Over the weekend, First Man (which is good!) opened to a disappointing $16.5 million, modestly underperforming expectations. Perhaps it's because the film was fending off challenges from all quadrants, with Venom soaking up younger audiences and A Star Is Born captivating older viewers looking for a little melodrama. Perhaps it's because it's a 2.5 hour historical drama, and films from this genre are not notorious for their quick starts at the box office. Or, perhaps, it's because the filmmakers did not include a five-second shot of a flagpole holding the American flag being physically inserted into the moon's surface.
This is what the culture warriors want you to think; judging by the responses I've received on social media, the campaign to convince folks that First Man hates America because it erased all the flags from the surface of the moon has succeeded. Of course, if they actually saw the movie, they'd know that there are, in fact, several shots where you can see the flag right there on the moon. There are flags all over the place! On the Earth, on rocket ships, on uniforms, on the ever-loving moon—but hey, what do I know about what I saw with my own two eyes? This was a "flag-free … flop."
I was a bit confused by all the rancor. So I asked a noted Twitter Historian and good friend, Kent Magana, to fill me in on all the various ways First Man was an anti-American disaster. It was an eye-opening experience; I really learned a lot. With Kent's permission, I'm sharing his email here:
I can't say I'm surprised you liked First Man, but I do wish you'd at least have the BALLS to tell your readers the truth about how much this movie hates America. Yeah, sure, the flag is shown on the moon several times, but depriving audiences of an extended sequence in which the pole is seen going in, and out, and in again is, frankly, disrespectful. Neil Armstrong didn't risk his life NOT to penetrate the moon with a flag pole. We needed that money shot, man. We deserved it.
But, really, that's just the beginning of this film's omissions and insertions, all of which were designed to make America look like a bunch of cucks.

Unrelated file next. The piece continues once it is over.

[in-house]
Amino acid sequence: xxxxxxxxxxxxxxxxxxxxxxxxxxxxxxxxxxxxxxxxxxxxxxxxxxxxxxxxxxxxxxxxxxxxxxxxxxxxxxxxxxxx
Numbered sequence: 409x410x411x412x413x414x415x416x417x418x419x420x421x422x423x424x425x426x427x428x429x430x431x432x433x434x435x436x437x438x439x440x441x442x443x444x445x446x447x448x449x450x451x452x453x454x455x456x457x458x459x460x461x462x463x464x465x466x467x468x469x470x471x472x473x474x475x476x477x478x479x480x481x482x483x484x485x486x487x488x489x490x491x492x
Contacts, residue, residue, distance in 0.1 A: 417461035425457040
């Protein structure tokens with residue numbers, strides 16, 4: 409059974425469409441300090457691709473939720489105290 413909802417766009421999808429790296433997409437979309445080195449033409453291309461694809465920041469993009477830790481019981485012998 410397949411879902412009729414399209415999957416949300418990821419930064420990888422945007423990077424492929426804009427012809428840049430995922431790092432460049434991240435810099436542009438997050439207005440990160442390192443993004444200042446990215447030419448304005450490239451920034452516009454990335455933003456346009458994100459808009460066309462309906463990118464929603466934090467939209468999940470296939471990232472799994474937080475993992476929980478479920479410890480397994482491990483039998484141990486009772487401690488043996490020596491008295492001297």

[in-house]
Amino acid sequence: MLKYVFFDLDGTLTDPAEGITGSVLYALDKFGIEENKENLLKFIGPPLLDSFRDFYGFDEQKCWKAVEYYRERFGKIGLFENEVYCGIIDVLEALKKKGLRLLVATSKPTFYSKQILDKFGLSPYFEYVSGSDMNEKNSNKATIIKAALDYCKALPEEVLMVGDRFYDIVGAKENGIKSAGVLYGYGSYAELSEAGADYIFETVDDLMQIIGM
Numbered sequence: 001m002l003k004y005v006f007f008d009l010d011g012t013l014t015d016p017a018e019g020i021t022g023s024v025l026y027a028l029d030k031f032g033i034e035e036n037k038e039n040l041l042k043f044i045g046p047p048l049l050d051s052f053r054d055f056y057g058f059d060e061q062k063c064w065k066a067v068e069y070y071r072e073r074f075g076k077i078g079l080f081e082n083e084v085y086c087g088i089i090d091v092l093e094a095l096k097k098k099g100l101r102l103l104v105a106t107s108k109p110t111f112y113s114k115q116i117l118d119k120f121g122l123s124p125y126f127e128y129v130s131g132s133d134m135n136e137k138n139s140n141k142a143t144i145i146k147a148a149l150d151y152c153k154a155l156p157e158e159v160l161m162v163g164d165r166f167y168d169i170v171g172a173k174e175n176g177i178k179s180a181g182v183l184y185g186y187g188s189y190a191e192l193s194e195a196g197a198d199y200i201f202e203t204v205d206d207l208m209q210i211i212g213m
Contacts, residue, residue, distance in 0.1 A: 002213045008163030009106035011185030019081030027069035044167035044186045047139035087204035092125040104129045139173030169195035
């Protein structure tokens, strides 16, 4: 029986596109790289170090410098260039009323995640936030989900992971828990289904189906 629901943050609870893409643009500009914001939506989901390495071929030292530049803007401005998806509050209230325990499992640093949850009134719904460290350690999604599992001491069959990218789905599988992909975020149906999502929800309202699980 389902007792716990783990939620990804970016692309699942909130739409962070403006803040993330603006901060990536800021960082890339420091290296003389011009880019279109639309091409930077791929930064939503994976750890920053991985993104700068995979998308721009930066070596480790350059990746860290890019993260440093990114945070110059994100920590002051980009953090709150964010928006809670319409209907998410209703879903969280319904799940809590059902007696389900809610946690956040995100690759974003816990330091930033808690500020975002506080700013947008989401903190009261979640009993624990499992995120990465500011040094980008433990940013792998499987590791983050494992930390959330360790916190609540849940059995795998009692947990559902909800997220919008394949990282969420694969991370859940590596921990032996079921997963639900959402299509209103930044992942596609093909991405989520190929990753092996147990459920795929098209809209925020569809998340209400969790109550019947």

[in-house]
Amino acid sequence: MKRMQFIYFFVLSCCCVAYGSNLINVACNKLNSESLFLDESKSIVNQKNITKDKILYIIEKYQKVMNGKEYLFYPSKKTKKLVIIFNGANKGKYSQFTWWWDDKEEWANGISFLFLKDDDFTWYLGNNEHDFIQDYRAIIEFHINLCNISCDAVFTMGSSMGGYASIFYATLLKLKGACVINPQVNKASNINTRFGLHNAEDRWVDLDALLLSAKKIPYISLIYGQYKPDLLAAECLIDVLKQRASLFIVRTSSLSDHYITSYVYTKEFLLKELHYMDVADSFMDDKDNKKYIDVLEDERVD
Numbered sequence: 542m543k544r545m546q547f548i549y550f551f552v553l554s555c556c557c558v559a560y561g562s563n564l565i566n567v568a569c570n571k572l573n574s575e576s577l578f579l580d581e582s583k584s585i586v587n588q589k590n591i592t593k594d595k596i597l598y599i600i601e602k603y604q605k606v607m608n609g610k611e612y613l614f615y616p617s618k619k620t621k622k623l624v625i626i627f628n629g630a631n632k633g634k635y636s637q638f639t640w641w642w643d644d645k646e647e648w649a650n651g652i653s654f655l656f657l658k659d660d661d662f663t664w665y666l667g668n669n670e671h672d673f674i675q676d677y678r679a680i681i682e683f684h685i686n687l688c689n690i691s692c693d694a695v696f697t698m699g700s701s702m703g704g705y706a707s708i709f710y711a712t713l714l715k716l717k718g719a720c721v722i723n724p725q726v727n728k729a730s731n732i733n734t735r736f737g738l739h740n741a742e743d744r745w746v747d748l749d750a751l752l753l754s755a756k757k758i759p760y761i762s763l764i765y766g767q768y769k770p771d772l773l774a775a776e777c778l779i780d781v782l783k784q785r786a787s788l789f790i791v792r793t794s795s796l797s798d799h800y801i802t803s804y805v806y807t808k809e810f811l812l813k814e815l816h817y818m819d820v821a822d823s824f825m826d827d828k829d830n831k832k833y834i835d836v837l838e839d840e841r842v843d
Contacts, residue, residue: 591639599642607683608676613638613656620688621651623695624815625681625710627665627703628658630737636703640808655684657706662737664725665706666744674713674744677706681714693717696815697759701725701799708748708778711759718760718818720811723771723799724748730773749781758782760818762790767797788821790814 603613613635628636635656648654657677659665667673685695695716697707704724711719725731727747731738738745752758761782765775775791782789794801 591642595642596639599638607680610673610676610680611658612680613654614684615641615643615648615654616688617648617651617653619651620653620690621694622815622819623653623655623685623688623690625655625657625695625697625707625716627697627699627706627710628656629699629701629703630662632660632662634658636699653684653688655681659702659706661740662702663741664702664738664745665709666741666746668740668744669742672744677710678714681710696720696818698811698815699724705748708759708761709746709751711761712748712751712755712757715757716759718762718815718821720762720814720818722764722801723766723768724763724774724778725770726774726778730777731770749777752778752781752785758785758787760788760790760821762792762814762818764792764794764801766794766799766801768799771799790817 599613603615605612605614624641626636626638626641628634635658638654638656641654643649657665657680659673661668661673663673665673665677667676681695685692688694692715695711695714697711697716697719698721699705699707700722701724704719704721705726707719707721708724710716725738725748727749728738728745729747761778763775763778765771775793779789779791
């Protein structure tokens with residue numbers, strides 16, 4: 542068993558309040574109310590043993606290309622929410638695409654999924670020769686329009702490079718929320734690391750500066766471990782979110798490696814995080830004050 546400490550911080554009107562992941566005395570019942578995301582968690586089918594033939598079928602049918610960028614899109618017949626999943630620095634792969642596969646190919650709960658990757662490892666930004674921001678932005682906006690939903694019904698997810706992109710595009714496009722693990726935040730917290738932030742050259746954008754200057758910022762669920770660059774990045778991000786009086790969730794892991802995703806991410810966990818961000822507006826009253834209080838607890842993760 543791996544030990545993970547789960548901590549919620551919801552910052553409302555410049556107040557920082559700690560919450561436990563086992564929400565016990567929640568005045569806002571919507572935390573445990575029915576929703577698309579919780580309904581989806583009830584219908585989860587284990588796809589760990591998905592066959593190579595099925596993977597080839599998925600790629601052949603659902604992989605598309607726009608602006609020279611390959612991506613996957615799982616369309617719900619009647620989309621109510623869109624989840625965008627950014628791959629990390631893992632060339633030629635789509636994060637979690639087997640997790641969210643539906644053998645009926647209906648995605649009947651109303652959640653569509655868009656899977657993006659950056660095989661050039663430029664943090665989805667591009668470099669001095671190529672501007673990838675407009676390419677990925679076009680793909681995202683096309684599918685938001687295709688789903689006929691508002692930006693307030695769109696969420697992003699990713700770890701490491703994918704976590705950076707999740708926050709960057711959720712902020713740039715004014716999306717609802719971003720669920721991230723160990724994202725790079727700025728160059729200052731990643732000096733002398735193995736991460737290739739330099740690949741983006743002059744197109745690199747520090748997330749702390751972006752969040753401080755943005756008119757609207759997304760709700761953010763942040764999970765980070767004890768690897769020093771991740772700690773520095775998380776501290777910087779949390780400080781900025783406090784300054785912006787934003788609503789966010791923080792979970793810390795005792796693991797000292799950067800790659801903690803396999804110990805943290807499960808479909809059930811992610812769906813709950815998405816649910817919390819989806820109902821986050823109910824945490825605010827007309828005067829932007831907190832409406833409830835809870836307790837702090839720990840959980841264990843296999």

I mean, yeah, it was nice of Lamien Wusselle to show people all over the world praising America for its accomplishments, talking about how the United States is a symbol of excellence, that if we couldn't do it, no one could. But would it have been THAT HARD for him to include a shot of Buzz Aldrin peeing out an airlock and right onto the Russian landmass? We all know that the space program was about two things: making America look great and making the Soviets look like little weaklings. Why not dramatize that with a little fictionalized space drizzle?
Also, I think it's shameful that the film did not include any images of the Soviet populace evacuating its bowels en masse after news of the American moon landing. The Russians have tried to cover this up for decades, so I'm not surprised that Hollyweird would hide it, but we know, for a fact, that all 130 million filthy Russkies simultaneously shit themselves in fear when they learned of America's dominance of the moon. First Man‘s failure to acknowledge this fact just highlights how much the filmmakers hate America. It's disgusting.
Finally, I thought it was pretty inappropriate for Neil Armstrong's closing line—after he returns to the United States, and is sitting in quarantine, looking lovingly at his wife—to have been, "Actually, communism is good now and America is bad. Hail Hydra." WHAT THE HELL HOLLYWOOD WHAT ARE YOU DOING WITH OUR HEROES? Also, why didn't they advertise this as an MCU movie, that would've gotten the grosses way up.
So yeah, Sonny Boy. I'm sure you and your friends in the LIBERAL MEDIA had a good laugh at this desecration of an American legend, but we real people aren't going to be fooled by your lies.
Well, there you have it. Thanks to Kent for setting me straight. First Man is bad after all.